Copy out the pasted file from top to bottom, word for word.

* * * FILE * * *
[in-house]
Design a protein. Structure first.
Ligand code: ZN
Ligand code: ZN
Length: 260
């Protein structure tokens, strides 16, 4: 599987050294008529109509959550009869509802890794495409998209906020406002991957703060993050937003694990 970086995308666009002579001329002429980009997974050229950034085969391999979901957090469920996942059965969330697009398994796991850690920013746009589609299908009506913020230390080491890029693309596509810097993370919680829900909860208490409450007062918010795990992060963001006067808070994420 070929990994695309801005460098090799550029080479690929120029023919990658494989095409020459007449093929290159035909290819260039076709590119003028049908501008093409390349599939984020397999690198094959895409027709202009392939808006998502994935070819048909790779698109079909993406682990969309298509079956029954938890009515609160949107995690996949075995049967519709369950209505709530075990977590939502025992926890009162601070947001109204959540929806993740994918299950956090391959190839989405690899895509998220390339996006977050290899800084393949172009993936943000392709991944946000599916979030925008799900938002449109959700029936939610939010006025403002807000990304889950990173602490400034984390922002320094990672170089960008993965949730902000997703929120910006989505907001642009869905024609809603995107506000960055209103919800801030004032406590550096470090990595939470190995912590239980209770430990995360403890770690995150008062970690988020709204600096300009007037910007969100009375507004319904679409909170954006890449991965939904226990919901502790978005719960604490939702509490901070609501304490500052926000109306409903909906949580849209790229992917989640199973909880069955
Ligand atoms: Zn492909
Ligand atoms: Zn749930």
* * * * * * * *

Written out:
[in-house]
Design a protein. Structure first.
Ligand code: ZN
Ligand code: ZN
Length: 260
């Protein structure tokens, strides 16, 4: 599987050294008529109509959550009869509802890794495409998209906020406002991957703060993050937003694990 970086995308666009002579001329002429980009997974050229950034085969391999979901957090469920996942059965969330697009398994796991850690920013746009589609299908009506913020230390080491890029693309596509810097993370919680829900909860208490409450007062918010795990992060963001006067808070994420 070929990994695309801005460098090799550029080479690929120029023919990658494989095409020459007449093929290159035909290819260039076709590119003028049908501008093409390349599939984020397999690198094959895409027709202009392939808006998502994935070819048909790779698109079909993406682990969309298509079956029954938890009515609160949107995690996949075995049967519709369950209505709530075990977590939502025992926890009162601070947001109204959540929806993740994918299950956090391959190839989405690899895509998220390339996006977050290899800084393949172009993936943000392709991944946000599916979030925008799900938002449109959700029936939610939010006025403002807000990304889950990173602490400034984390922002320094990672170089960008993965949730902000997703929120910006989505907001642009869905024609809603995107506000960055209103919800801030004032406590550096470090990595939470190995912590239980209770430990995360403890770690995150008062970690988020709204600096300009007037910007969100009375507004319904679409909170954006890449991965939904226990919901502790978005719960604490939702509490901070609501304490500052926000109306409903909906949580849209790229992917989640199973909880069955
Ligand atoms: Zn492909
Ligand atoms: Zn749930």